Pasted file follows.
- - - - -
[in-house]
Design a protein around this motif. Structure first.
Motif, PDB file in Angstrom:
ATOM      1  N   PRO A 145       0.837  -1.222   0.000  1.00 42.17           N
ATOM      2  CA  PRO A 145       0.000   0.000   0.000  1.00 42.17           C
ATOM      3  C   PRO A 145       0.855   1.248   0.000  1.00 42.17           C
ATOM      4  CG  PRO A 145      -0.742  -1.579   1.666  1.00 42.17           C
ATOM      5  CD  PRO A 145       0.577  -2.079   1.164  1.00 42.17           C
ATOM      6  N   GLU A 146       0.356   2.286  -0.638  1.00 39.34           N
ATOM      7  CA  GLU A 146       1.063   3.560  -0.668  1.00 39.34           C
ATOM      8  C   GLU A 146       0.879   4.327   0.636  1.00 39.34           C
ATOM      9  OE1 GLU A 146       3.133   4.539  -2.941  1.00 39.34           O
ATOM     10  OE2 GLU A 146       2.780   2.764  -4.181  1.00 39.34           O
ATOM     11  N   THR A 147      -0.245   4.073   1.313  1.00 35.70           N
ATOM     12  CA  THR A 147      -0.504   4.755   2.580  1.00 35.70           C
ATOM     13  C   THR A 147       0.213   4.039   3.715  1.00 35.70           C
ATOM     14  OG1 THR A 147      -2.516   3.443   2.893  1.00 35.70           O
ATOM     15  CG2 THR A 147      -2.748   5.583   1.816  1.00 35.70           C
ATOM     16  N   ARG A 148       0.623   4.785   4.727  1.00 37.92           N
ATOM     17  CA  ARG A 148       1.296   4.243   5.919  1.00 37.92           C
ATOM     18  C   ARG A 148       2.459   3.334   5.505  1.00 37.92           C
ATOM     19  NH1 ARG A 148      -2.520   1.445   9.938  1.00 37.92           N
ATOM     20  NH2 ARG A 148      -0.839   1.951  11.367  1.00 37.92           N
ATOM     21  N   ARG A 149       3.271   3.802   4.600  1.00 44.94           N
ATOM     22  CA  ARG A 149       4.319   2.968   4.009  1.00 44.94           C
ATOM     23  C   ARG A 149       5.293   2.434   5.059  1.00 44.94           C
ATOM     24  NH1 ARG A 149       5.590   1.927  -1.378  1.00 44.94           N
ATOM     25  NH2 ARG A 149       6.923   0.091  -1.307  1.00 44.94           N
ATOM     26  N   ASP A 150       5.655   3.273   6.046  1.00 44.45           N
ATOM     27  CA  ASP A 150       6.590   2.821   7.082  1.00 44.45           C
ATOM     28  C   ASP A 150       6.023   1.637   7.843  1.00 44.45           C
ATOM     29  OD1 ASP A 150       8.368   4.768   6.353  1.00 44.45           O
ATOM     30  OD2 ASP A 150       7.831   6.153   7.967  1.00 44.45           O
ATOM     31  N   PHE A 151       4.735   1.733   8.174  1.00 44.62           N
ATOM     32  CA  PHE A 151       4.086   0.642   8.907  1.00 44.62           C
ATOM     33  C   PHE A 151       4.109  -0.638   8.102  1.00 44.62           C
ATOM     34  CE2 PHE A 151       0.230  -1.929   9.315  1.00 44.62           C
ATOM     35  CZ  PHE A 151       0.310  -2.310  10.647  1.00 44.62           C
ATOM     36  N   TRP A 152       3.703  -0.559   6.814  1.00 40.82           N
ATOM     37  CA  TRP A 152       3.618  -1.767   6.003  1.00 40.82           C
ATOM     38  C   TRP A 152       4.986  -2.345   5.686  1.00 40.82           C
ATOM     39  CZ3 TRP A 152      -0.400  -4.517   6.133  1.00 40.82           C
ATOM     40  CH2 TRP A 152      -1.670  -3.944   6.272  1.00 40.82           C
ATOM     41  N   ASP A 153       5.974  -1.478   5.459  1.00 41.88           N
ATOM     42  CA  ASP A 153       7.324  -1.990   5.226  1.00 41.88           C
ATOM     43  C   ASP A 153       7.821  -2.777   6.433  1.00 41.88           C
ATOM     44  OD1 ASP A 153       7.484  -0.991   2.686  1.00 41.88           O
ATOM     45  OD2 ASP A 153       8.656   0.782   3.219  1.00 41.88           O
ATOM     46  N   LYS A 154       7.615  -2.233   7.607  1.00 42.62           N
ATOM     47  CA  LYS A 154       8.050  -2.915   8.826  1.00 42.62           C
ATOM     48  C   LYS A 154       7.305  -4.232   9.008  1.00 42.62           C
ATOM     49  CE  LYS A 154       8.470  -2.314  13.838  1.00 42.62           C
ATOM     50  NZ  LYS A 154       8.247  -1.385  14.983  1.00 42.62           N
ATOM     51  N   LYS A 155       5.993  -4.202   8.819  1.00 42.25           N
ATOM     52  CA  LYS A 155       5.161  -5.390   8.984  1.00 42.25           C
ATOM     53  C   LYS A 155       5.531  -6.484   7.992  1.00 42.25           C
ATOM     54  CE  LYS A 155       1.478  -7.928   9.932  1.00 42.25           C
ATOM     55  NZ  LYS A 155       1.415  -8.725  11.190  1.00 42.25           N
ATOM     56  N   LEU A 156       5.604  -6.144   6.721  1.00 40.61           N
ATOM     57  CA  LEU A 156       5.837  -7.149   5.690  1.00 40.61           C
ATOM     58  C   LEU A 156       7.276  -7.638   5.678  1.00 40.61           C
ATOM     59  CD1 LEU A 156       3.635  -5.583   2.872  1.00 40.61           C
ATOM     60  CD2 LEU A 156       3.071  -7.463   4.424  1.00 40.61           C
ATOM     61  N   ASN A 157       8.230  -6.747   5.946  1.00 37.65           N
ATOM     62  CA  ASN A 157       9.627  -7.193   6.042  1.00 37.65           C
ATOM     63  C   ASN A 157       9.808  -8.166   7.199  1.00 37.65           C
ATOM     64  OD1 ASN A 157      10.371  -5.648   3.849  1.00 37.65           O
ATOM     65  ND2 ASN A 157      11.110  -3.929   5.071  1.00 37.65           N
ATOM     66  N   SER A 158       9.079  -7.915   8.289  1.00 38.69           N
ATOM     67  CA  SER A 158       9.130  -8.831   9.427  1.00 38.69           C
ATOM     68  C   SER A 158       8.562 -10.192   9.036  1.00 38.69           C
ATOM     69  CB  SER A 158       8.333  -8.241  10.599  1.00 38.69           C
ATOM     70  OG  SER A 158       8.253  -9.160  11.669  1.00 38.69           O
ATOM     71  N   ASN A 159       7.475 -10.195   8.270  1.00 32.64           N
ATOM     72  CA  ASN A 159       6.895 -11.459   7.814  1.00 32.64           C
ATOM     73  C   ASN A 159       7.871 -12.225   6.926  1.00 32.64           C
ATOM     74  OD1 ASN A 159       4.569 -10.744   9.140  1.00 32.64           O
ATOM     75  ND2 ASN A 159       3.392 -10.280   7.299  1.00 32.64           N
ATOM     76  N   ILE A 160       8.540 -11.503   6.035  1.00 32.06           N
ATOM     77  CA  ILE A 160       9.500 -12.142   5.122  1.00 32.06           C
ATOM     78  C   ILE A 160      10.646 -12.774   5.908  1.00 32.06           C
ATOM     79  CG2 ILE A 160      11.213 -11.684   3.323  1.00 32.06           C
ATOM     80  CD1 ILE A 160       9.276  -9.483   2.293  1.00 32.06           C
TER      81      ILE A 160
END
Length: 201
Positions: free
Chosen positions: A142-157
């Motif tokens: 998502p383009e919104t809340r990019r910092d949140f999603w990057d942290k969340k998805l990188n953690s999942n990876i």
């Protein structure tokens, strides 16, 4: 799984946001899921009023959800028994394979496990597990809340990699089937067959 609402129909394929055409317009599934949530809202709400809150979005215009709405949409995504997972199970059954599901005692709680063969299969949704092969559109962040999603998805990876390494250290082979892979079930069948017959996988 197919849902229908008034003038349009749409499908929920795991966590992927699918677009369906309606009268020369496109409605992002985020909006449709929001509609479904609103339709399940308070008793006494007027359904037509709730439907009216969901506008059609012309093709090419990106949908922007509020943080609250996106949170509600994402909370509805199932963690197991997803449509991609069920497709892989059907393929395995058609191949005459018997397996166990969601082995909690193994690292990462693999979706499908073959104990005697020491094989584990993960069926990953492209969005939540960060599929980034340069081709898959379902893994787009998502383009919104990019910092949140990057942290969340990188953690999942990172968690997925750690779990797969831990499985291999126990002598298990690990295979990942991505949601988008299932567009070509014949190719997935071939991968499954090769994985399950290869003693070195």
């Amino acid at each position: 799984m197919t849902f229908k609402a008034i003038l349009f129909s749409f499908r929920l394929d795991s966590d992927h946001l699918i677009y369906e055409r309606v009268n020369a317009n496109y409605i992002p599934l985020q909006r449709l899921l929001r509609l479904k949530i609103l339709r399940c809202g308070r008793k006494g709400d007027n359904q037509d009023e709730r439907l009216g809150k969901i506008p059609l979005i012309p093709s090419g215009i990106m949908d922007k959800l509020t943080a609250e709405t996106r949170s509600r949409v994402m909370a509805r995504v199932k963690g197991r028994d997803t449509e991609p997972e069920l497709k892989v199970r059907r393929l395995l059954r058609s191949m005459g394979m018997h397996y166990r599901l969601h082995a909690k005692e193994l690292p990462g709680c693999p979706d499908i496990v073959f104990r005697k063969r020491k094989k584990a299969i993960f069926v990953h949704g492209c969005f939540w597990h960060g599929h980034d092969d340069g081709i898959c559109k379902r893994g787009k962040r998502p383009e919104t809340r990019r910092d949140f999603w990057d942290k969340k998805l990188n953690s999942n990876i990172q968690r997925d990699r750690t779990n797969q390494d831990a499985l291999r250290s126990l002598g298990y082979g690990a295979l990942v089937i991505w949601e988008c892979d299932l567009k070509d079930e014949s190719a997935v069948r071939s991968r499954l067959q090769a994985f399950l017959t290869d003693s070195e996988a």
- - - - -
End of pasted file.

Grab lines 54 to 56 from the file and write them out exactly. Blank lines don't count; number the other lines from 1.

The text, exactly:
ATOM     51  N   LYS A 155       5.993  -4.202   8.819  1.00 42.25           N
ATOM     52  CA  LYS A 155       5.161  -5.390   8.984  1.00 42.25           C
ATOM     53  C   LYS A 155       5.531  -6.484   7.992  1.00 42.25           C